We don’t always agree with colleagues, even if they’re a friend, but it’s important to maintain respectful communication to ensure both work and friendship are valued.

Here are some helpful tips for workplace friendships:

  • Set boundaries.
  • Keep office convos about the work.
  • Find an appropriate balance between personal and professional.
  • Save the lengthy convos and hot goss about last night’s Tinder disaster for happy hour.

Relationships develop over time and each interpersonal relationship dynamic has its own vibe. They often vary in length and intensity, but each relationship is experienced in a set of stages.

Stages of interpersonal relationships

In a 1980 study psychologist George Levinger identified the five stages of interpersonal relationships:

  1. Acquaintance
  2. Build-up
  3. Continuation
  4. Deterioration
  5. Ending
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Successful interpersonal relationships get to the third stage (continuation). They last until death do us part. Others relationships? Not so much. Some bonds are available for a limited time only.

In these cases the relationship will go through all five of Levinger’s stages. That means both parties will eventually part ways. This is super common in romantic entanglements. It’s also typical when you transition to a new workplace or graduate from school.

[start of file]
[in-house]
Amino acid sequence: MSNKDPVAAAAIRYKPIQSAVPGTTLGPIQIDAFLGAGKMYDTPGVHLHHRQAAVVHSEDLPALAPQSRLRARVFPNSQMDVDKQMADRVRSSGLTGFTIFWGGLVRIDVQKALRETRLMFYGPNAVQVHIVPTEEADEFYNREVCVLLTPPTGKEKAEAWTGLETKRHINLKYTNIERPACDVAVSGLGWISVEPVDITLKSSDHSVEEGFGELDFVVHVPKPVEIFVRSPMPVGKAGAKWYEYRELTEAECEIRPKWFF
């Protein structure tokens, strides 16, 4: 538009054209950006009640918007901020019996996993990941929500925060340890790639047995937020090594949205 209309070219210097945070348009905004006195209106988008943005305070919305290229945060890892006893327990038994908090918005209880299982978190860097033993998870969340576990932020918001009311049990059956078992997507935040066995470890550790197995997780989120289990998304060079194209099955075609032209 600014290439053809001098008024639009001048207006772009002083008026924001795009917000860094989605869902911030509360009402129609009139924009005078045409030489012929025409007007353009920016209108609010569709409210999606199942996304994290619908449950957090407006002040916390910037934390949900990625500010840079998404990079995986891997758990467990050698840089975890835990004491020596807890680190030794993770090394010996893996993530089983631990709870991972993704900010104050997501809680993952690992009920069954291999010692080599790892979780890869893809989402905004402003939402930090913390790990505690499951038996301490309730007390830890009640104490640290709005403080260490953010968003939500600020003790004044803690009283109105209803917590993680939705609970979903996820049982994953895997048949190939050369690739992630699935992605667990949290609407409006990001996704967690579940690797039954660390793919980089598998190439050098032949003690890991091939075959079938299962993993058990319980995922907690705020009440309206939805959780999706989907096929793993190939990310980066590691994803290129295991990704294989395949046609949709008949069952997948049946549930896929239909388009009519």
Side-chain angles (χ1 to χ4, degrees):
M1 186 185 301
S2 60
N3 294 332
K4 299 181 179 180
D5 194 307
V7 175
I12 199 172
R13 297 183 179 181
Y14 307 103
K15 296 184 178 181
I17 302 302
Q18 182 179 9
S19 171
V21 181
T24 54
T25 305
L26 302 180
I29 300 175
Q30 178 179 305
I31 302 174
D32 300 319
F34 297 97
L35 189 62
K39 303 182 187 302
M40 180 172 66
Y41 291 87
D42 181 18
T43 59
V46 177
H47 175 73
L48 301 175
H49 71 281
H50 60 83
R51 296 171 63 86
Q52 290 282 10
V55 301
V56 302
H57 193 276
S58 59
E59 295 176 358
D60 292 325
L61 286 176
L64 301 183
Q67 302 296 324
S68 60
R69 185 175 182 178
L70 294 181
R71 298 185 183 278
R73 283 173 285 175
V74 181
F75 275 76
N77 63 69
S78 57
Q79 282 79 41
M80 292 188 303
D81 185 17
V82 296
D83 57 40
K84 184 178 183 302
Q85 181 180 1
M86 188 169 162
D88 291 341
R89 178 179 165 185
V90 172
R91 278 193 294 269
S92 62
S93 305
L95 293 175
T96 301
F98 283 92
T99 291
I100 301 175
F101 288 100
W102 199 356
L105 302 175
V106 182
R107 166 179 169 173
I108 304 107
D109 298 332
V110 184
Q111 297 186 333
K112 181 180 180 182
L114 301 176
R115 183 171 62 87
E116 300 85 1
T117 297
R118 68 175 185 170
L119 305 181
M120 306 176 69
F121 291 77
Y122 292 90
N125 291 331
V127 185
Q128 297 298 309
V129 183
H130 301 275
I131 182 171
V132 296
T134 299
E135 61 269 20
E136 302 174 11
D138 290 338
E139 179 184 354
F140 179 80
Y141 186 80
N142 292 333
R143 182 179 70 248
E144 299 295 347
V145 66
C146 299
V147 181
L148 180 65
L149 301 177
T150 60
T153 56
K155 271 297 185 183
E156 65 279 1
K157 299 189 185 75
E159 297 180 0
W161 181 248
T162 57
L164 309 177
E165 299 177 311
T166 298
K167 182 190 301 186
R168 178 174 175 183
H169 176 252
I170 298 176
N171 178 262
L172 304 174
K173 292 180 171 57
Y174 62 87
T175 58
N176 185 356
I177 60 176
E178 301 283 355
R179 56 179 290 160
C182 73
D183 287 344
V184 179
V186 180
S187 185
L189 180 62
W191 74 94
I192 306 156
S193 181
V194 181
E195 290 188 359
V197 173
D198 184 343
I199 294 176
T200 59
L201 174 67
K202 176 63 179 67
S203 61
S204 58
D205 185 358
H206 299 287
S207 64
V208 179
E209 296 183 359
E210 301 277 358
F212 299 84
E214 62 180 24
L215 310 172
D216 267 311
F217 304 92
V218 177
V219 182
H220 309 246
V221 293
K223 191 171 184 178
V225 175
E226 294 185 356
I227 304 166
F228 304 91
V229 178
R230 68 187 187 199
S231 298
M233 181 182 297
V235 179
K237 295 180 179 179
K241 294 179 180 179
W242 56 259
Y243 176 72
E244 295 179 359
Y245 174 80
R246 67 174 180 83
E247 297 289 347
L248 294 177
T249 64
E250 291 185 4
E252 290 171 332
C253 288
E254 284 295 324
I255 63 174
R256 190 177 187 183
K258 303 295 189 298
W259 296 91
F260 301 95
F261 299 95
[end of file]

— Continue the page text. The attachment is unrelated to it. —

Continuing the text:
It’s also normal for a relationship to not progress beyond the acquaintance stage. These are known as secondary interpersonal relationships.

Some common examples are:

  • neighbors
  • your fave barista
  • friends of friends
  • others you interact with on a semi-regular basis

You may exchange “hellos” and “how you doin’s” with these people. But the convo usually doesn’t evolve beyond simple pleasantries.

There’s no denying it: Relationships require effort and no relationship is perfect. Conflict is bound to happen. Both sides have to work to maintain a positive connection. The most important thing you can do is maintain clear and open communication.

Solid communication doesn’t just create good moments. It also helps you get through the not-so-good ones. Build your relationships on the basis of talking and listening. This will help you work through issues and form stronger bonds.

Keep in mind: The most important relationship you’ll ever have is with yourself. Take care of yourself and your feelings. It’s the only way to ensure healthy relationship with others.

Important relationship habits

  • Be honest and trustworthy. Without trust, there is no relationship.
  • Put in the effort.
  • Listen to each other.
  • Be respectful, always.
  • Be slow to judge. (See: Listen to each other.)
  • Manage expectations and emotions.
  • Establish and maintain boundaries.
  • Be open to feedback and constructive criticism.
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Interpersonal relationships are essential to our overall health and happiness. Just remember to manage your expectations. You aren’t going to have a soul mate-level connection with everyone you meet. And that’s okay! It takes a village. Each interpersonal relationship has something to offer.